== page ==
Sikorsky XPBS / VS-44 Excalibur

1937

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Sikorsky XPBS / VS-44 Excalibur

The VS-44A was a commercial version of the experimental XPBS-1 patrol-bomber flying-boat, which had been built for the US Navy and flown in 1937. Accommodating 40 passengers over short ranges or 16 with sleeping bunks, it was developed for American Export Airlines for use on its trans-atlantic service, which was inaugurated in 1942. Power was provided by four 894kW Pratt & Whitney Twin Wasp engines. The last commercial use of the VS-44A came in the early 1960s, when Avalon Air Transport operated an ex-AEA aircraft.

Sikorsky XPBS / VS-44 Excalibur

Comments
Deana, e-mail, 27.06.2014 07:51

I am researching Charlie Blair and his flying record. The VS-44 seems to be one of his favorites. Can anyone explain why this plane would be a favorite? Any information either on the plane or Charlie Blair would be wonderful and apprecaited.
Thank you.

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Lou Dorny, e-mail, 31.01.2014 03:18

An update. Data on the XPBS-2 taxiing on the water, please. Any others?

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Lou Dorny, e-mail, 08.11.2011 03:44

Still looking for any wartime photos of the XPBS-1 in Navy colors.

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RDR, e-mail, 29.08.2010 21:39

Do you guys know that one of these boats exist today? yep, in a museum in Conneticut. She is fully restored. I had the
pleasure of flying aboard from Los Angeles to Catalina Is. (26 mi off the coast) in 1962. With my wife with me, it was a most exciting, historic flight. She is the last of the J class clippers. It is ashame no 314s were preserved.

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Ben Dover, e-mail, 07.01.2010 16:36

back in my day when dinosaurs romed i flew these babies all the time. i just would wade in the water then id bring troops over too kill those damn japs.

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Bertel Lee, e-mail, 05.09.2009 14:26

The Sikorsky VS-44-A was a real forerunner for its day. It was a real accomplishment for not only Vought-Sikorsky as a whole, but also for the company's employees. To make this plane contributing individuals and departments had to work together in a way that they had not before. They developed and built the plane in a relatively short time. Alex Sperber was General Foreman, Andrew Bevolo was Assistant Foreman, Dante Carbone was Final Assembly Forman, Mats Forslund was Wing Shop Foreman, Emil Galke was Detail Shop Foreman, Lawrence Petrucelli was hull and interior foreman, and Edward Koplowski was Night Foreman. Sigurd J. Lee was employed as the power hammer man and is responsible for all the outside shaping of the VS-44-A hull, having hammered all the metal himself.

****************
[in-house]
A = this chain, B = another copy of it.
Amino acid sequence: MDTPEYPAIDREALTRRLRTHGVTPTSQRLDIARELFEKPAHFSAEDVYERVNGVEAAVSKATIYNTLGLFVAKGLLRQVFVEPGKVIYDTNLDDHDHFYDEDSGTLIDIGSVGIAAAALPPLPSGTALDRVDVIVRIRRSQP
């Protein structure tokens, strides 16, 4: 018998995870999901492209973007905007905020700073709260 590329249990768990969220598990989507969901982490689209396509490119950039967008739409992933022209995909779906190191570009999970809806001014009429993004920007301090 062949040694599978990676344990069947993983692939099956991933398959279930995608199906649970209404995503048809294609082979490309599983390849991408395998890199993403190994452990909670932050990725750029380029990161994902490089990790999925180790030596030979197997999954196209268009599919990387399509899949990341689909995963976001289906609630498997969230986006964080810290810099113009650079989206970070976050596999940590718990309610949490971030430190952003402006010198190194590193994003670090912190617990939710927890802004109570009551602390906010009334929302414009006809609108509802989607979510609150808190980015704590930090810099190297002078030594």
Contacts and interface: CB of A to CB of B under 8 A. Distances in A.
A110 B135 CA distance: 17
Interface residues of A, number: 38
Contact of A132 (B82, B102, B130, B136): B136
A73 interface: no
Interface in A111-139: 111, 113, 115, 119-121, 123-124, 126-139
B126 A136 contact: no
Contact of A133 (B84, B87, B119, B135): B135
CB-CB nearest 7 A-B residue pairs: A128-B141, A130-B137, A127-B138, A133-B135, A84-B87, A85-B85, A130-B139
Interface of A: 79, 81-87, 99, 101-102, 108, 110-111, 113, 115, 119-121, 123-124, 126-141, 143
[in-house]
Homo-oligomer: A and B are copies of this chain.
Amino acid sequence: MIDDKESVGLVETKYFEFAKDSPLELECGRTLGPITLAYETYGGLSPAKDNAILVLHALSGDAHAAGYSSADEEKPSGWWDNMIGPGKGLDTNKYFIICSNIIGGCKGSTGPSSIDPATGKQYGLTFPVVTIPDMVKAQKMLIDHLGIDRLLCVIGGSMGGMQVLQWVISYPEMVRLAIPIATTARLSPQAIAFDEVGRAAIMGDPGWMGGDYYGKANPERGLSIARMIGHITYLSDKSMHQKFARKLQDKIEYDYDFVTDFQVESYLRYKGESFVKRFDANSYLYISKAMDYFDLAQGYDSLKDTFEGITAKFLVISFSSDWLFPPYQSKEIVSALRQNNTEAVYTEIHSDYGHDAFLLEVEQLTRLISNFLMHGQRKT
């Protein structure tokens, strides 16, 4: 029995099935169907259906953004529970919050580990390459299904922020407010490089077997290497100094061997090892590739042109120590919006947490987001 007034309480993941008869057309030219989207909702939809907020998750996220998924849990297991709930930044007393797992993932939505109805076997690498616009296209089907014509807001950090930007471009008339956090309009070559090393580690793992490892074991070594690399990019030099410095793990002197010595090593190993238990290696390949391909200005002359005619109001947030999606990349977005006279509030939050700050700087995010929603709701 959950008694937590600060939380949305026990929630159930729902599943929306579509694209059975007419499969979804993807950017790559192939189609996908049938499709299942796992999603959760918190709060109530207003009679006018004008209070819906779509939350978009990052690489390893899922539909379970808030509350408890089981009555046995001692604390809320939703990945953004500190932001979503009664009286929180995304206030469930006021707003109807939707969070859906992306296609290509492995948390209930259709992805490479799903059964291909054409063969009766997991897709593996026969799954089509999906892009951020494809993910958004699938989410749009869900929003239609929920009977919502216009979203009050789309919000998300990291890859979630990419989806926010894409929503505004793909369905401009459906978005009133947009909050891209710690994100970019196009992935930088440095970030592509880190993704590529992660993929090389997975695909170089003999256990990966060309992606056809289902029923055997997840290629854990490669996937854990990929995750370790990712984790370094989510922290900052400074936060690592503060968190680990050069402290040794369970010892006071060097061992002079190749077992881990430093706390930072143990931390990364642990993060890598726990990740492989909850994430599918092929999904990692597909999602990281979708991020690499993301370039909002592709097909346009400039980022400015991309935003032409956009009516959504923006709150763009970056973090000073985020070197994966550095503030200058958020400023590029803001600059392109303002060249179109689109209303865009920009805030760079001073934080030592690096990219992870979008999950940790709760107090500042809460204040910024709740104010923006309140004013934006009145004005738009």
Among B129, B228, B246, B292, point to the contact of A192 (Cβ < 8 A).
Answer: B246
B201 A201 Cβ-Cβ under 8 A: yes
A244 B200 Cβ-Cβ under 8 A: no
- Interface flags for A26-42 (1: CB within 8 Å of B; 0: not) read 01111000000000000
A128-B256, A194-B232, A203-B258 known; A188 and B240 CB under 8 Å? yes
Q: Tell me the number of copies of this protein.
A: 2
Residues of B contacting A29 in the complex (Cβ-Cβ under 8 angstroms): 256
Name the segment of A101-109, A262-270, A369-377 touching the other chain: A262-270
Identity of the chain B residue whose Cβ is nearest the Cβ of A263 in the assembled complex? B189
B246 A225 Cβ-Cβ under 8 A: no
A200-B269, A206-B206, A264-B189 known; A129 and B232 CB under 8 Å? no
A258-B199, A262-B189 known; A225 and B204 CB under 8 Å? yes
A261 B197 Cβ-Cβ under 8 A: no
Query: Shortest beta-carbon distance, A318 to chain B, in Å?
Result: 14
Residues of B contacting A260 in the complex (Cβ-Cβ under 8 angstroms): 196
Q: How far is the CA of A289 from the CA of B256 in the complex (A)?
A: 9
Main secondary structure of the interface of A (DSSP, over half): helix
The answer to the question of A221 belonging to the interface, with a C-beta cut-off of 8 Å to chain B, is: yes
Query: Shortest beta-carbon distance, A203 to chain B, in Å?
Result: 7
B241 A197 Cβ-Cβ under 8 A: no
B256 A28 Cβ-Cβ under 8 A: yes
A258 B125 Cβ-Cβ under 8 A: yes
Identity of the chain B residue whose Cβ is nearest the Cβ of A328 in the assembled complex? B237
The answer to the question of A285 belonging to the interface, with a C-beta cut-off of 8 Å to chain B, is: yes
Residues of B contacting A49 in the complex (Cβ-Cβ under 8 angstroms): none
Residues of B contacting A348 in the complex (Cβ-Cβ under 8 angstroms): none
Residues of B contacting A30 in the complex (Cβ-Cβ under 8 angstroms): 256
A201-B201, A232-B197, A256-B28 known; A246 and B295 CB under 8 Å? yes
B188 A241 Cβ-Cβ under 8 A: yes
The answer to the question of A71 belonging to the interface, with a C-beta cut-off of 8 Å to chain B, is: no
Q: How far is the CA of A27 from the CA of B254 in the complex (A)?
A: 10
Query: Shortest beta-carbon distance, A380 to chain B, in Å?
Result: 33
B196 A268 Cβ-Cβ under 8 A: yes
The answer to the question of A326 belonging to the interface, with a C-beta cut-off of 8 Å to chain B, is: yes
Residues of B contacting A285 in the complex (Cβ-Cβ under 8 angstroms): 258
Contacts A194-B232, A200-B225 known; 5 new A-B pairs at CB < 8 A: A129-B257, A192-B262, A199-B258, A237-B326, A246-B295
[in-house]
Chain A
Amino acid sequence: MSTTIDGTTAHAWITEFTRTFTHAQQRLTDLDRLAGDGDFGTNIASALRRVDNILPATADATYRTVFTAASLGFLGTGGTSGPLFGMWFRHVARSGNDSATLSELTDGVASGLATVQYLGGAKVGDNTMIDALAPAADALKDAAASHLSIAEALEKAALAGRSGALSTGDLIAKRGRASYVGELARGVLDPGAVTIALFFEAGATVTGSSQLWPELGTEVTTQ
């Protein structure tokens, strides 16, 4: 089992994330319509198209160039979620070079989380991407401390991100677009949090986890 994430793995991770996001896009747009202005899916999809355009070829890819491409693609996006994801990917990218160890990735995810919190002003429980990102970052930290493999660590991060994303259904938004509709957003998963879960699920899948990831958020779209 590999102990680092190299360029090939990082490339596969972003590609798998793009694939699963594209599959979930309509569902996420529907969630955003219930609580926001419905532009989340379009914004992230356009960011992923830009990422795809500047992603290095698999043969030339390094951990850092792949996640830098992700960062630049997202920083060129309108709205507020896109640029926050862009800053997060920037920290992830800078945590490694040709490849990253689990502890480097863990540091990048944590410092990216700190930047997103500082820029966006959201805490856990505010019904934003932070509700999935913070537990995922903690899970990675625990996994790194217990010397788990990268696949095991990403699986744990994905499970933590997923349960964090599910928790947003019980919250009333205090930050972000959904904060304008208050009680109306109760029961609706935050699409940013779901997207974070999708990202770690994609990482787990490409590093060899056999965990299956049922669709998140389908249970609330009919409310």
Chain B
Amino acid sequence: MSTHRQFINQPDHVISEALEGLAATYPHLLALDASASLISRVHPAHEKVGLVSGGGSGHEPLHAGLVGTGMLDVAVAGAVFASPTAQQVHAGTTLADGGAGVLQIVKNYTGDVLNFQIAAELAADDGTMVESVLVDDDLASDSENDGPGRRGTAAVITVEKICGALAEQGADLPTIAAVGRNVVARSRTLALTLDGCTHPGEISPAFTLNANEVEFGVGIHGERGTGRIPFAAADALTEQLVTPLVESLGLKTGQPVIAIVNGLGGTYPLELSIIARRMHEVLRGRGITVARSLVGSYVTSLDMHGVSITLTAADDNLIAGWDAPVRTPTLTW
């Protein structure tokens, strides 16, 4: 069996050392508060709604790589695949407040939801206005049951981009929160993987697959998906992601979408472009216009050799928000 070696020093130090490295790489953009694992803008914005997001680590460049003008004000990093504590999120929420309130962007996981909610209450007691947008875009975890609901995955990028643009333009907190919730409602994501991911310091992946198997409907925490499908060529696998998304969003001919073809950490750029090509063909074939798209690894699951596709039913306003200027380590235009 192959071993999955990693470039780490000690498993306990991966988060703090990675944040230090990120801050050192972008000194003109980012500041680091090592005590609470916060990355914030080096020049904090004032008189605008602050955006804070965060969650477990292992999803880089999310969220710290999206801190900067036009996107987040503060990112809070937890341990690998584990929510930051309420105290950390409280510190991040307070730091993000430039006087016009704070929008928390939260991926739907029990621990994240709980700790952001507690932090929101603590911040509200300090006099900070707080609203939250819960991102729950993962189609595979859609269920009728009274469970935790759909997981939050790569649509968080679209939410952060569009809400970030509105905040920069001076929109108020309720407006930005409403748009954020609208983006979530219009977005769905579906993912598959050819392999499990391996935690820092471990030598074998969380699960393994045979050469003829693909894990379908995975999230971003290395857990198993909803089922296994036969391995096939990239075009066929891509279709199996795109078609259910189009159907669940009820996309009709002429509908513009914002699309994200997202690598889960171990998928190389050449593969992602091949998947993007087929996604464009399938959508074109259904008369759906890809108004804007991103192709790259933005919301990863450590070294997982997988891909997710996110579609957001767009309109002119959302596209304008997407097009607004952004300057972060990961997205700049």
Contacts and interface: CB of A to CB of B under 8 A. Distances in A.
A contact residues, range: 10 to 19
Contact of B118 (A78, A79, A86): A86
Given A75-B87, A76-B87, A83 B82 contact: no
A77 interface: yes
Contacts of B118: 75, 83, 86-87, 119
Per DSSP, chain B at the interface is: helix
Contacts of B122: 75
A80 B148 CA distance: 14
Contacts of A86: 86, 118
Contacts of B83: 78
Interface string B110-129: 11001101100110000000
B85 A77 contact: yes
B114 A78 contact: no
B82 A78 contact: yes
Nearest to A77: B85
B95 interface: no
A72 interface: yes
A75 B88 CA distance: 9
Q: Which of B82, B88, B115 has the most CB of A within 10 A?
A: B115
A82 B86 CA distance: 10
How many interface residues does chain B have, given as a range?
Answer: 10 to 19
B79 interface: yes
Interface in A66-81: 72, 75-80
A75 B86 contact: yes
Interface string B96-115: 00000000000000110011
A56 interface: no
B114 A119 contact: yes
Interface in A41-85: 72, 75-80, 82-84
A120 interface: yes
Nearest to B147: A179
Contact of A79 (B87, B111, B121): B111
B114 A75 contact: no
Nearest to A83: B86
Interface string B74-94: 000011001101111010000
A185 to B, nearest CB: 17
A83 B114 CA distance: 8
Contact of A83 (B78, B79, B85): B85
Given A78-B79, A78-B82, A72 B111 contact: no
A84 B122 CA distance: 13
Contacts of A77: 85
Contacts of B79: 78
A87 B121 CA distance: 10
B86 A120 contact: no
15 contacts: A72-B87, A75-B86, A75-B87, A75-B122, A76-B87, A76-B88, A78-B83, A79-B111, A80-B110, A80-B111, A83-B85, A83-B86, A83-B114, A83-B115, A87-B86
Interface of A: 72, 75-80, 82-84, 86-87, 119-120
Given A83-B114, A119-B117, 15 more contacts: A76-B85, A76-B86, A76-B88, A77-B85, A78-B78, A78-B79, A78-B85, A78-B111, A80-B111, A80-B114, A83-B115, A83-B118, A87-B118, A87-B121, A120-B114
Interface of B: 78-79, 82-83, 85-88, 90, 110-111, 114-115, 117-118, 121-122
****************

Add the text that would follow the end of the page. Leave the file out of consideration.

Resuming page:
After the flyboat was completed it was Christened by Mrs. Henry Al Wallace and then flown to Jacksonville Florida to get through a series of tests. All handling qualifications and performance exceeded all expectations.
Source: Vought Sikorsky Club, Inc. Flight Sheet publication. Volume 1, February 1942. Number 4

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Mac, e-mail, 19.05.2008 07:05

Capt Charles Blair (AOA, later with Pan Am) made the first non-stop Foynes - New York flight in this aircraft. Refuelling stops were usually made at Botwood, Newfoundland, but on one occasion (date uncertain), the Flight Engineer advised Blair they were ahead on fuel score approaching Botwood. (Fuel burn on the North Atlantic was tracked via a "Howgozit" form completed at position reporting points, every 5 or 10 degrees of longitude.) The AOA scheduled passenger flight overflew Botwood and made it all the way to Long Island with a comfortable reserve. Blair was a Brigadier General in the USAF Reserve, and later made an other record-breaking flight, with a P-51 over the North Pole from Scandinavia to Alaska(?). He was married to movie actress Maureen O'Hara, and was president /owner of Antilles Airboats in the Caribbean. He was killed in a Grumman amphibian crash not long after his retirement from PAA.

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Lou Dorny, e-mail, 23.02.2007 08:51

I'm interested in the photo of the XPBS-1 taxiing on the water, starboard bow on view. Where was it taken? When? What is the source for publication purposes? P{lease contact me by email NPO21@msn.com.

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